By Julie Leibach
Efforts to protect human health against climate change crises should consider drawing on implementation science, a field that studies how to promote adoption and sustainability of solutions to public health challenges, according to an article appearing in The Lancet Planetary Health. By analyzing real examples of climate-related health interventions that hit roadblocks, the authors suggest ways to avoid similar snags.
When it comes to deploying health interventions — a catch-all term for policies, programs, or individual practices to improve health — obstacles are practically inevitable, said first author Gila Neta, Ph.D., M.P.P., program director in implementation science at the National Cancer Institute.
“Just because you have evidence that an intervention works doesn’t mean that people are necessarily going to use it — and there all kinds of reasons why that might be,” Neta explained. “Implementation science is focused on supporting delivery of the intervention at all levels, with all people involved.”
For example, a health intervention may falter without local support, or if a community lacks expertise to maintain it. Understanding why an effort succeeds or fails can help researchers and stakeholders improve development, scale-up, and evaluation of efforts to protect health in the face of climate change.
Putting Ideas on Paper
In 2021, the NIEHS Global Environmental Health Program organized a satellite session on implementation science, held before the Consortium of Universities for Global Health’s 12th annual conference.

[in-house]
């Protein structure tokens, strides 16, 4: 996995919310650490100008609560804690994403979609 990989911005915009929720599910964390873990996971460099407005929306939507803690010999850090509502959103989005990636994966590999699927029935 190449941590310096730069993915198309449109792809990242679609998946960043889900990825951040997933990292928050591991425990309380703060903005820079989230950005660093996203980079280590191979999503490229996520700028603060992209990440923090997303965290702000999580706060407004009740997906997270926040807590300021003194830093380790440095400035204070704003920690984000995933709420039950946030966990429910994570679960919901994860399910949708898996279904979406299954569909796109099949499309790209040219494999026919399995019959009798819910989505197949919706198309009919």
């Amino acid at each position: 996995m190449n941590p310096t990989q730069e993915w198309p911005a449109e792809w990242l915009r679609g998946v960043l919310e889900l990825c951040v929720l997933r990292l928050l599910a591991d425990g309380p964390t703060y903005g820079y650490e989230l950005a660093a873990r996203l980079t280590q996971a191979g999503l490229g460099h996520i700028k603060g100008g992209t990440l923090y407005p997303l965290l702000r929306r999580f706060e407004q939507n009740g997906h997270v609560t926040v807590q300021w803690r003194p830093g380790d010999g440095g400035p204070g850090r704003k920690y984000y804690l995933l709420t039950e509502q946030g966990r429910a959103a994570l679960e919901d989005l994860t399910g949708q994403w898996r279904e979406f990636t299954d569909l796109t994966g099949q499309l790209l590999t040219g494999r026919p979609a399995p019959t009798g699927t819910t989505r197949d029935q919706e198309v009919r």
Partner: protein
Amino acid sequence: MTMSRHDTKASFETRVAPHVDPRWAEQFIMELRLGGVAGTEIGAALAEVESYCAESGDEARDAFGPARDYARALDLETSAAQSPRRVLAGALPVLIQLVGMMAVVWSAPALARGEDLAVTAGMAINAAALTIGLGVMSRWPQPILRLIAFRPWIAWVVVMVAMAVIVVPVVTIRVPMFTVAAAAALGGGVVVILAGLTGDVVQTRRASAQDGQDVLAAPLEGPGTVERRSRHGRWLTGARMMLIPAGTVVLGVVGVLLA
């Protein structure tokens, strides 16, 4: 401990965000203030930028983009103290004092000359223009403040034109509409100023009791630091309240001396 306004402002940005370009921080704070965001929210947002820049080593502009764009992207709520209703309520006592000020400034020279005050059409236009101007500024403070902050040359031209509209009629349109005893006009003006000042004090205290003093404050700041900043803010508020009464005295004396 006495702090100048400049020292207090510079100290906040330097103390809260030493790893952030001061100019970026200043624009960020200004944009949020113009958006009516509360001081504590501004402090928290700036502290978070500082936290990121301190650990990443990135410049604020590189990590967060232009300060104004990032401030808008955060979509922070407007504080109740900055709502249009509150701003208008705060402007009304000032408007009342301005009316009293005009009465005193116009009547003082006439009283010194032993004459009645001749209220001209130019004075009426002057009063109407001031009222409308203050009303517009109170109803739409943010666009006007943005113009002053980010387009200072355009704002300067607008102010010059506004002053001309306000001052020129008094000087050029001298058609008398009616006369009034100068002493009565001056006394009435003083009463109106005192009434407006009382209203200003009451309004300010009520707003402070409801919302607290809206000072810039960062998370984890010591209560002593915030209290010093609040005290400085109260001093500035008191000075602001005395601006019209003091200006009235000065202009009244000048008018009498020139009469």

Moderated by former NIEHS Senior Advisor John Balbus, M.D., M.P.H., the event brought together climate and health researchers, public health practitioners, and implementation science experts to discuss how the field can inform health adaptation interventions. The current paper grew out of that session.
“There are many challenges — technical, political, structural — to successfully implementing interventions to protect people in the face of climate-related health threats. And yet the need for interventions is urgent. Implementation science is crucial to understanding barriers and assessing strategies to overcome them and implement successfully,” said Balbus, who is now acting director of the Office of Climate Change and Health Equity for the U.S. Department of Health and Human Services.
The paper described five case studies of early warning systems for potential infectious disease outbreaks — a health risk that climate change could exacerbate. Each example represented a geographic region — Africa, Asia, South America, Pacific Islands, and the Caribbean — that is disproportionately affected by climate change. The authors then examined the case studies through an implementation science lens, with the aim of informing future efforts to install and scale up such systems.
An early warning system is a tool for communicating information about hazards, such as hurricanes or disease outbreaks. To deliver its forecasts, an infectious disease early warning system incorporates various data, such as meteorological and epidemiological information. The idea is to mitigate potential harm by allowing people time to prepare. In the case of a looming dengue outbreak, for instance, protocol may entail covering water storage containers to reduce mosquito breeding habitat.